Just 11.9 per cent of women with an urgent referral to a breast cancer specialist were seen within 14 days in the Northern Trust in September.
According to the latest figures published by the Department of Health, 19.2 per cent managed to get an appointment in August and 59.2 per cent in July.
The Northern Ireland average was 92.1 per cent, in July, 79.5 per cent in August and 74.5 per cent in September.
The figures for the Northern Trust were also below average for cancer patients starting treatment within 31 days – 90.2 per cent in July, 81.4 per cent in August and 82.8 per cent in the region in September.
A spokesperson for the Northern Trust said: “Over the summer months, the Trust experienced a high level of demand for breast assessment that was far in excess of the Trust’s capacity to see all patients within 14 days of referral. This resulted in an increased number of patients waiting greater than 14 days to be seen in the breast clinic.
“The Trust took action to address this position by securing additional in-house breast assessment clinics in Antrim and also in a neighbouring Trust. The Northern Trust breast consultants also undertook additional theatre sessions to support.
“From the beginning of November 2018, the Trust has been back to seeing 100 per cent of breast red flag patients within 14 days of receiving the referral.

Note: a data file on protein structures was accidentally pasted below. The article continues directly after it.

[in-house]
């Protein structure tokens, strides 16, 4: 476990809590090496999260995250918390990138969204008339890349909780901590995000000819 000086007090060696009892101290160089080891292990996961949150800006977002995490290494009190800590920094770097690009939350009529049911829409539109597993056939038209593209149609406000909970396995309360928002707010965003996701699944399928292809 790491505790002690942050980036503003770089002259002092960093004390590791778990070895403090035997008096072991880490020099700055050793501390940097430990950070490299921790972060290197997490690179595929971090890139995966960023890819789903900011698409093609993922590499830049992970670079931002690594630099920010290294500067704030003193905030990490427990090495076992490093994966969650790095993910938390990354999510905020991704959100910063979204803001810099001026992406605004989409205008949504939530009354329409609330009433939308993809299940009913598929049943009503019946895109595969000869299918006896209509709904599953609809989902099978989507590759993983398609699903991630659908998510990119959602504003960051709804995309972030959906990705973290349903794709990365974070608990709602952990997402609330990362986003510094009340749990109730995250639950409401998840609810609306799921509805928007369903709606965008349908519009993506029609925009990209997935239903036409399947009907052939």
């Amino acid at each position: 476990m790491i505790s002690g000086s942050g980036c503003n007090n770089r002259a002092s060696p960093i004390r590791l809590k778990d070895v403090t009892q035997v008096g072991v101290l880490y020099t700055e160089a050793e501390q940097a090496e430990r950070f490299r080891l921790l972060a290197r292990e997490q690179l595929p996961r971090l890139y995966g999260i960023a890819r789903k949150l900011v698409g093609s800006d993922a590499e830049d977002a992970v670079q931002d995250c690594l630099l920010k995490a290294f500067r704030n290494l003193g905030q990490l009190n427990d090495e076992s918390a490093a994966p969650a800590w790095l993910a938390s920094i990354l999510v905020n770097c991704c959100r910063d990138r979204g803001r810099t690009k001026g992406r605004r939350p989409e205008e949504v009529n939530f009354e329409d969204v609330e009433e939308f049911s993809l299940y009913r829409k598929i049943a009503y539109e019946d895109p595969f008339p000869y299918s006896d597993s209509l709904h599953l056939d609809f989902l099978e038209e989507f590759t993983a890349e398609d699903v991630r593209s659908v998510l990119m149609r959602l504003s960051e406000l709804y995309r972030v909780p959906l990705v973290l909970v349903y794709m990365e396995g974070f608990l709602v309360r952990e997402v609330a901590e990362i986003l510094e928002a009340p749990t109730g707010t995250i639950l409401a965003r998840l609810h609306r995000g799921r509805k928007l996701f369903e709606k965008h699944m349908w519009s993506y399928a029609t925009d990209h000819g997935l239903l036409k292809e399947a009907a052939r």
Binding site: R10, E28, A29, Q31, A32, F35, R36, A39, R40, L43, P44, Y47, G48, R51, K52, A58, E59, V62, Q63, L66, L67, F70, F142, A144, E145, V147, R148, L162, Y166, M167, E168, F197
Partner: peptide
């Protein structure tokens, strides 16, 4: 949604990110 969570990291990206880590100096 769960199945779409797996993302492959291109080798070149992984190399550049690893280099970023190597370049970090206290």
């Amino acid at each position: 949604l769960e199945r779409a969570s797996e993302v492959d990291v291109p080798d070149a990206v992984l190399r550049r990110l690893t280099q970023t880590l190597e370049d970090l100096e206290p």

“As the Trust has a gap between demand and capacity in the breast service, it impacts also on the 31 day cancer standard. Additional theatre sessions were provided to operate on patients with confirmed breast cancer which resulted in an improvement in this standard in October and November”.
Ulster Unionist health spokesperson Roy Beggs MLA said that he has written to the chief executive of the Northern Trust to express his concern over the alarming “drop off” during the summer.
He commented: “Cancer is a cruel disease that thrives during any avoidable delay in treatment. That is why it is so important that patients are seen, diagnosed and receive treatment on time.
“Yet once again there has been a further fall in the number of local patients who are receiving treatment on time. Last November, I highlighted the crisis in breast cancer services in the Northern Trust, and now we have confirmation that for the last recorded period only 61.8 per cent of patients in Northern Ireland commenced their first treatment within 62 day following an urgent referral for suspect cancer.
“This is a further decline from the position 12 months ago. It’s outrageous and totally unfair to force so many people to wait for so long.
“In the Northern Trust, the percentage of cancer patients commencing first treatment within 62 days has dropped from 69.4 per cent in September 2017 to 55.8 per cent in September 2018.”
Roisin Foster, chief executive of Cancer Focus Northern Ireland, said: “The continuing failure to meet targets set for patients waiting for diagnosis and cancer treatment is of major concern.
“This places enormous stress on patients and on their families – waiting and worrying. They are fearful that their condition will worsening and will require more complex treatment.
“We know that early diagnosis and treatment saves lives and for many cancer patients time is not a luxury they can afford. We need our politicians back in Stormont to improve waiting times for cancer patients. The sooner we have our new cancer strategy in place the better.”
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